VERONA, N.Y. – A dozen PGA and LPGA touring pros showed up this week at Turning Stone Resort to express their support for a good cause. And when Wednesday’s play was over, Tiger Woods, speaking on behalf of his male and female colleagues, stepped forward to present the Notah Begay III Foundation with a check for $500,000. It was a thoughtful gesture that capped off a two-day gathering of Native Americans from throughout the country seeking to promote health and wellness and end Type-2 diabetes in their respective indigenous communities.
The timing was good, what with a Friday start to the Deutsche Bank Championship allowing the likes of Woods, Charlie Wi, K.J. Choi and Rickie Fowler to play in the Wednesday event along with Begay, Danny Lee, Gary Woodland and Y.E. Yang. With the LPGA on one of its off-weeks, Cristie Kerr, Se Ri Pak, Lexi Thompson and Yani Tseng also could make it. The competition, pitched as an East-West showdown, pitted the six Americans against the six Asians. They went out in three four-person groups, each one comprising a two-person better ball, with the U.S. team ultimately prevailing. But this was more about the cause than the competition, and it made for a fan-friendly exhibition over the Tom Fazio-designed Atunyote Course at Turning Stone Resort.
It also gave me a low-pressure chance to come out of caddie “retirement” to loop again, this time for Tseng, the world’s No. 1 female player. It had taken a few emails back and forth with tournament organizers and the resort to arrange, but as I had figured only about half of the players brought their regular caddies with them, so I was hoping for a chance. We were paired with Wi, Thompson and Fowler, and while Fowler had a local caddie and did his own yardages with a range finder, Wi and Thompson were both fine with their regular caddies helping me out on distances. I’m not sure if they were amused or alarmed at my seemingly out-of-date reliance on a yardage map and pin sheet. I certainly didn’t begrudge Tseng for wanting to be sure.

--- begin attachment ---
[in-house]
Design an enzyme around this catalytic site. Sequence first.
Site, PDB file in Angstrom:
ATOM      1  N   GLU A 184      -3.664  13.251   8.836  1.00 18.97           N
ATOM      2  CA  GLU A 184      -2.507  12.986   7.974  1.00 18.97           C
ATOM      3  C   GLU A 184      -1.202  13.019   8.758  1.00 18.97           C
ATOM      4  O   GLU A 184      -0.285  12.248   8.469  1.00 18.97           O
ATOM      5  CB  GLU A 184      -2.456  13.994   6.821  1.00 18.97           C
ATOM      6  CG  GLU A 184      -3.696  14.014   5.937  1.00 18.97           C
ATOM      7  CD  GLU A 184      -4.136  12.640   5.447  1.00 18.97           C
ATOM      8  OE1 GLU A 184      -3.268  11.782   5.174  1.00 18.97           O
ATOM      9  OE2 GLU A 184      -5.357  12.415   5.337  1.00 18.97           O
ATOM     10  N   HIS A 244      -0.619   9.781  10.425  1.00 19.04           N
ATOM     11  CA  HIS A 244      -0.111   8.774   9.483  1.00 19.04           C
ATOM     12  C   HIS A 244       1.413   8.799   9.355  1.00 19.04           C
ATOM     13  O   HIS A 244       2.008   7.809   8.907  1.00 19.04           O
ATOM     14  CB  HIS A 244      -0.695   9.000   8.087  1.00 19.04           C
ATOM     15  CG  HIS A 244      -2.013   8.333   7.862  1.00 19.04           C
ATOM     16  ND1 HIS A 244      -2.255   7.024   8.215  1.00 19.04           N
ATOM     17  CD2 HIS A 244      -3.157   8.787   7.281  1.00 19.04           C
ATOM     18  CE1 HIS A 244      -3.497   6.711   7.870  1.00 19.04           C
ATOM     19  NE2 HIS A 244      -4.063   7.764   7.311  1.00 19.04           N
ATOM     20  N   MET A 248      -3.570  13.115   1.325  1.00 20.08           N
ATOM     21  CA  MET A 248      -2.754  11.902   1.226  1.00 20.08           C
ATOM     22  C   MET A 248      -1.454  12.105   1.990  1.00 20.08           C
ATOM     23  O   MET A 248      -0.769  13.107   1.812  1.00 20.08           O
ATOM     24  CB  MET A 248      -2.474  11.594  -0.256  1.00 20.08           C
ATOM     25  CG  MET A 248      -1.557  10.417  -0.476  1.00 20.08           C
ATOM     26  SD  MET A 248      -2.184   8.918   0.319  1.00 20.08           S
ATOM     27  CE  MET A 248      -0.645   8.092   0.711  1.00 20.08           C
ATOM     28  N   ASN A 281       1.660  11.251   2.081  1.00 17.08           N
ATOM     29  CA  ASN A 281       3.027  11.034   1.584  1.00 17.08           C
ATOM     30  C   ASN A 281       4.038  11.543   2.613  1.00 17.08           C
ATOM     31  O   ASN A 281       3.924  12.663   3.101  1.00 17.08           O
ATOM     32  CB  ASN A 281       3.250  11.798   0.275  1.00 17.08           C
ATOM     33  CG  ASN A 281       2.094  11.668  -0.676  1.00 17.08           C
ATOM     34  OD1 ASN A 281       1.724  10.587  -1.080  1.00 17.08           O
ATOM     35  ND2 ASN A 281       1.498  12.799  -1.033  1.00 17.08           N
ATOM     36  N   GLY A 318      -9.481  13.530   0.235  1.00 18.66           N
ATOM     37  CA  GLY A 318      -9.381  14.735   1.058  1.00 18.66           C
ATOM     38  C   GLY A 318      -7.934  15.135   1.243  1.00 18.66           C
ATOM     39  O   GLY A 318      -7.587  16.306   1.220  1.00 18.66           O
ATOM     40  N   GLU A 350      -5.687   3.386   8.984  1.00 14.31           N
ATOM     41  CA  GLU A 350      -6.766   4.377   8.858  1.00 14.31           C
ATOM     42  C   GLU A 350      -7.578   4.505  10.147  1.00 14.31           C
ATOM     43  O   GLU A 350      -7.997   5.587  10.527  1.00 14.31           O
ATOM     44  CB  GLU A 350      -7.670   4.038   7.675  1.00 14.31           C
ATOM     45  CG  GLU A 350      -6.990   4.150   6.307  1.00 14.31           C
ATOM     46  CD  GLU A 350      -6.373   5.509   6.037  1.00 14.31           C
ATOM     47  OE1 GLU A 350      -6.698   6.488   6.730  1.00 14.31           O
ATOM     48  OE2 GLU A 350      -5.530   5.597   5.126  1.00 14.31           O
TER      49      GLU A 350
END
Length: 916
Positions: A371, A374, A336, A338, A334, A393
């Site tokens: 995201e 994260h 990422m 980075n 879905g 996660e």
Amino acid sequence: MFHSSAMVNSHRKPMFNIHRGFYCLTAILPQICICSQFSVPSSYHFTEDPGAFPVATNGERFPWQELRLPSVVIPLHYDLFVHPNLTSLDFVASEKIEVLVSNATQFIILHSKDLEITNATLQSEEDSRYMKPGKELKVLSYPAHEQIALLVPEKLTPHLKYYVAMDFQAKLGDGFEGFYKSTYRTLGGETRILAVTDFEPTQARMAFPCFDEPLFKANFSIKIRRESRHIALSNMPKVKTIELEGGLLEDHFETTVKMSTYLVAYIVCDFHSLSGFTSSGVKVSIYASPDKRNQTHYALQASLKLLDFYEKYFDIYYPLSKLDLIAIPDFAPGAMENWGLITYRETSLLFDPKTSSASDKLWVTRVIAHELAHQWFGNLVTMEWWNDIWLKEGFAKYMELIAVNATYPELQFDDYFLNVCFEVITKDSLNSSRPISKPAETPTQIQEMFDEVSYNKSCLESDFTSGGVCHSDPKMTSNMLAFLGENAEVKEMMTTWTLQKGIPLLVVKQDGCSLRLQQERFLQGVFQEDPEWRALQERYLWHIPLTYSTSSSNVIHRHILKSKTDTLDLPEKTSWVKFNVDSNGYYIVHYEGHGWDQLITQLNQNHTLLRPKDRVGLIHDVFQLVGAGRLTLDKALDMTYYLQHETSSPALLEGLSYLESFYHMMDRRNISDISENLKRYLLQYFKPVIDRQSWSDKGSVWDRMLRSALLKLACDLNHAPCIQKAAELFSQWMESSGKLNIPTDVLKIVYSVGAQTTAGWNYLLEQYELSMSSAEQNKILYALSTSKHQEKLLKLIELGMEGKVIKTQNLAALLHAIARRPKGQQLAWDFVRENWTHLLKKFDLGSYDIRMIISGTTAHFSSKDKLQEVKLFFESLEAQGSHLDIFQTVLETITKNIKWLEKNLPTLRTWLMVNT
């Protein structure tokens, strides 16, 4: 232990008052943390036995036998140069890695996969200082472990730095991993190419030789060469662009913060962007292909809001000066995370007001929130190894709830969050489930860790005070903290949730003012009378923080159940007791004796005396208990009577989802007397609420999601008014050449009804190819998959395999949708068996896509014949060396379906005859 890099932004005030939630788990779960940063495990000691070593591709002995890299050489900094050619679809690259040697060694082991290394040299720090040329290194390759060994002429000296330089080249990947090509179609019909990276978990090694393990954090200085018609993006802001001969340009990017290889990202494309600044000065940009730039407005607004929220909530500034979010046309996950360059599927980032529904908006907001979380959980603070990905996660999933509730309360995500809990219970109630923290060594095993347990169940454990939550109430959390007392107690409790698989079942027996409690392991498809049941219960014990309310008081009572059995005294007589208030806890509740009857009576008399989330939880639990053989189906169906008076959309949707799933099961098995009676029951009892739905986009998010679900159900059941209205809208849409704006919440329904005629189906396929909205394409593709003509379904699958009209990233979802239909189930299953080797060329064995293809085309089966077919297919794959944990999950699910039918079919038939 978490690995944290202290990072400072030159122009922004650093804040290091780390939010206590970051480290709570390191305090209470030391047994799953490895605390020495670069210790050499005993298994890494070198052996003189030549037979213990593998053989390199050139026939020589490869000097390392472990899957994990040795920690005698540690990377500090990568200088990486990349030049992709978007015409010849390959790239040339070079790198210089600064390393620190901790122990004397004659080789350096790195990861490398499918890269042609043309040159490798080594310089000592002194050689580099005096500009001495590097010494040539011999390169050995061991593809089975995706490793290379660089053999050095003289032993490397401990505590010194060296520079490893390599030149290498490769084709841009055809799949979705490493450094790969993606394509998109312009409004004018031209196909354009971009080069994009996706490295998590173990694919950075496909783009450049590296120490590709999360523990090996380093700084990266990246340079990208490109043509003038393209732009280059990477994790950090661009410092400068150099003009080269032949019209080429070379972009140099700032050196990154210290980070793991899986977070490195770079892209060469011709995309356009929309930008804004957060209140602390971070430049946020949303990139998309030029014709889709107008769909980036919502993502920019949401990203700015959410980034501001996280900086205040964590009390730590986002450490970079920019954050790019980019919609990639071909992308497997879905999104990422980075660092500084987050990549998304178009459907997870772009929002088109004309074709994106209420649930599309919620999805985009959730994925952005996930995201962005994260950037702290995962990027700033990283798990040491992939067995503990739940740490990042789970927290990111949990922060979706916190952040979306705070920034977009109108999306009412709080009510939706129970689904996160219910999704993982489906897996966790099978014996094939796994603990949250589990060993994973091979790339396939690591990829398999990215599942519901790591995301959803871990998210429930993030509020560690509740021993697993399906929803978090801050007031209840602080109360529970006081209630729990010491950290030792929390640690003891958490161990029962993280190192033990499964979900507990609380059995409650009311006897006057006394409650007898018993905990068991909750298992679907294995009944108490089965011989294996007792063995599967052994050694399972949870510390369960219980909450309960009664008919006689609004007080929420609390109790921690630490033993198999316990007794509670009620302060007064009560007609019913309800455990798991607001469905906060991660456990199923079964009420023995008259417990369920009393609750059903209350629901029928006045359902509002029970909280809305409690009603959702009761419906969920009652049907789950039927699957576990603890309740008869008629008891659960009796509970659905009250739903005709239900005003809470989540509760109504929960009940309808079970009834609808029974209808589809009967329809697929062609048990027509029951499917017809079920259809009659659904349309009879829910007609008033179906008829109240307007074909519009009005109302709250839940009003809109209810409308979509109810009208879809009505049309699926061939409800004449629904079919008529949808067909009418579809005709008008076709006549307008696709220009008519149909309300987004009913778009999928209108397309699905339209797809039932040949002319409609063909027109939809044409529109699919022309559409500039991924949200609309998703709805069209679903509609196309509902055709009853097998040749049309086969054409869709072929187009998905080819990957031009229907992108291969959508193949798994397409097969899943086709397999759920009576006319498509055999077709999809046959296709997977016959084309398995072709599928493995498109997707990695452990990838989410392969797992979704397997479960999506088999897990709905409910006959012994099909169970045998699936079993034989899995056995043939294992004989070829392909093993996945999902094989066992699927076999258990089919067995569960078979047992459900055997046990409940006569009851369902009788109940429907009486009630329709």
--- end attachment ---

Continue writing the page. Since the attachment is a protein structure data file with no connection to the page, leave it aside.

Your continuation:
Tseng, it must be said, has been struggling of late after winning three events earlier in the year. But if she’s missed three cuts lately, it certainly wasn’t evident in how she hit the ball Wednesday, with drives averaging her seasonal norm of 270 and hitting 11 of 14 fairways and 13 greens in regulation. But of all the shots she played, there was one stunner that reminded me again of how strong and imaginative these players can be – and it was the one shot she hit without even bothering to get yardage. She had badly pulled her drive on the par-4 seventh hole, a 405-yard dogleg right. Her tee shot bounded down to the left into the darkest recess of some woods. Using my trusty calculus, I had figured she had 182 to the flag – 149 to the front plus 33 for the pin.
There are times and places like this when volunteering yardage without being asked is the wrong thing to do because it only reinforces the trouble your player is in. You figure she’s trying somehow to get the ball out. Then, without asking, she pulled out a 4-iron and said, “Just line me up and make sure my head is lined up to that opening” – and she pointed to a small gap between two trees that didn’t look wide enough to walk through, much less aim at.
Finally, I figured, she’s relying upon me. And so as she stood over the ball, I checked her alignment, in the process almost stumbling into the trees that stood behind us. I approved her stance, moved away, but still could not see the point of this little exercise since there were more trees ahead of her intended escape route. But she took this crisp swing and clipped the ball with a powerful slap that seemed to echo off the tree trunks around us. All I could see was the flight path of the ball as it escaped from the woods, then nothing – until whoops and hollers up at the green as the ball landed just short of the flagstick and rolled out to 12 feet away. After she sank the birdie putt and handed me her putter, I said, “That must be one of the best birdies you’ve ever made.”
“Yes. Well, one of them,” she said.
It was quite an exhibition.